If Bloomberg does run, he would be the second billionaire to enter the race who walked back an earlier decision not to run. Environmentalist Tom Steyer jumped in the race in July after also previously saying he was passing on a bid.

Steyer has already spent at least $47 million trying to make the debate stage, though he remains mired in the low single digits in polling. Bloomberg spent hundreds of millions of dollars to help win his mayoral races.

Bloomberg would face a Democratic electorate that has largely rallied around more progressive candidates. Sen. Elizabeth Warren of Massachusetts is leading in many national and Iowa polls. Vermont Sen. Bernie Sanders is not far behind. Both have railed against the billionaires and those in the "1%."

"More billionaires seeking more political power surely isn't the change America needs," Sanders campaign manager Faiz Shakir said in response to Bloomberg's potential run.

Warren also tweeted a dig at Bloomberg, welcoming him to the race and pointing him to her policy proposals to help the "working people."

And Bloomberg's own reasons he cited for not running earlier this year could be used against him as well. At a panel last spring, he said the fact that he would be approaching 79 when taking office was a major factor in his decision.

If elected, Sanders would be 79 when he took office; Biden would be 78; and Warren would be 71.

Bloomberg also has a complicated political history that will be examined if he does join the race. He was first elected mayor in 2001 as a Republican, then became an independent in 2007.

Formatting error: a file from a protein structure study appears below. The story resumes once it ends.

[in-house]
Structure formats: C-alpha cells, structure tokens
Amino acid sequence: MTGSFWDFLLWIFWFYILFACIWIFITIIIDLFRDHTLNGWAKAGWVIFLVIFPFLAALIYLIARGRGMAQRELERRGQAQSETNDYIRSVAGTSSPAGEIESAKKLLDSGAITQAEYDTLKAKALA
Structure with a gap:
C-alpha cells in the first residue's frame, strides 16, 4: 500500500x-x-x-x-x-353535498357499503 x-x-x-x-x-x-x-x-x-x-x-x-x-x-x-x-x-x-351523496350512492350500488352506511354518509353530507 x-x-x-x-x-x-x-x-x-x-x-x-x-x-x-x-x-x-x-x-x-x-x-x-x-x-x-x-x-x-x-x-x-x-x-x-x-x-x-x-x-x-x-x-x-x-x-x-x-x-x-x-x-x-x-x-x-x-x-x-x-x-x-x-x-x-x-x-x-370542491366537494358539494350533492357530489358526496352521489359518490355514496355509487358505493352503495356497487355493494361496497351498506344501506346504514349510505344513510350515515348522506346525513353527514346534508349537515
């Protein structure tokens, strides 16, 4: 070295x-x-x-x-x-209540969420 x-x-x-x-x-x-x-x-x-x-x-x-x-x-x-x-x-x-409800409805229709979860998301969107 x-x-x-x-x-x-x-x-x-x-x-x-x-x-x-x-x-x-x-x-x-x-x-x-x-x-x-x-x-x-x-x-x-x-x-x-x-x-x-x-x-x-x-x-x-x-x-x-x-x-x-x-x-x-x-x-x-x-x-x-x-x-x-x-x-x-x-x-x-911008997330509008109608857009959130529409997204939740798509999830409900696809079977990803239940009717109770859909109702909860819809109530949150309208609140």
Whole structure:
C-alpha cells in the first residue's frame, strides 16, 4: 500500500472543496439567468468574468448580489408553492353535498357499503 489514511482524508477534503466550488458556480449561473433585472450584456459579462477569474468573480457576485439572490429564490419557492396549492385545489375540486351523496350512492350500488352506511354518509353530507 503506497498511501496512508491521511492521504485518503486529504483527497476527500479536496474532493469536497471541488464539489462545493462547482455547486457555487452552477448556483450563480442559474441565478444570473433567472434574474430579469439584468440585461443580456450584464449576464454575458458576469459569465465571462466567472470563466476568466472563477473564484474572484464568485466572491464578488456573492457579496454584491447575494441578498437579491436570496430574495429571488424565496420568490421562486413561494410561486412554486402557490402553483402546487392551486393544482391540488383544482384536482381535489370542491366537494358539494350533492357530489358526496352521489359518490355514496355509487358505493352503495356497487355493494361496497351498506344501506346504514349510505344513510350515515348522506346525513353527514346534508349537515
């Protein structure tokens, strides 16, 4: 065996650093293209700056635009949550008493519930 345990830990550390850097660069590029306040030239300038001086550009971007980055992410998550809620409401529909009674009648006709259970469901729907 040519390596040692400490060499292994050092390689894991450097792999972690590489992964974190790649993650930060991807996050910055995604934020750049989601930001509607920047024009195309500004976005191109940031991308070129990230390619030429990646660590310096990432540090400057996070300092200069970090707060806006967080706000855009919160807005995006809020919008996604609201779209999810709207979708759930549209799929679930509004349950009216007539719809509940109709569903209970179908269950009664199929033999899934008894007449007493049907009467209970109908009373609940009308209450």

After leaving office in 2013 — and flirting with independent bids for president — he announced last year that he was changing his party registration to Democrat.

Bloomberg has heavily invested in campaigns for greater gun control and stronger environmental protections. But as mayor he endorsed the New York City police's "stop and frisk" approach, which disproportionately targeted black and Hispanic men.

He holds liberal social views but has been more conservative on both economics and foreign policy.

On that same spring panel at which Bloomberg said he was too old to run, he also alluded to some of those potentially problematic views. He admitted that he would have to evolve ideologically and go on an "apology tour" if he were to run.

Copyright 2021 NPR. To see more, visit https://www.npr.org.

Corrected: November 7, 2019 at 12:00 AM EST
An earlier version of this story mistakenly said Joe Biden would be 77 when taking office if he were elected president. He would actually be 78.
Jessica Taylor is a political reporter with NPR based in Washington, DC, covering elections and breaking news out of the White House and Congress. Her reporting can be heard and seen on a variety of NPR platforms, from on air to online. For more than a decade, she has reported on and analyzed House and Senate elections and is a contributing author to the 2020 edition of The Almanac of American Politics and is a senior contributor to The Cook Political Report.
Scott Detrow is a White House correspondent for NPR and co-hosts the NPR Politics Podcast.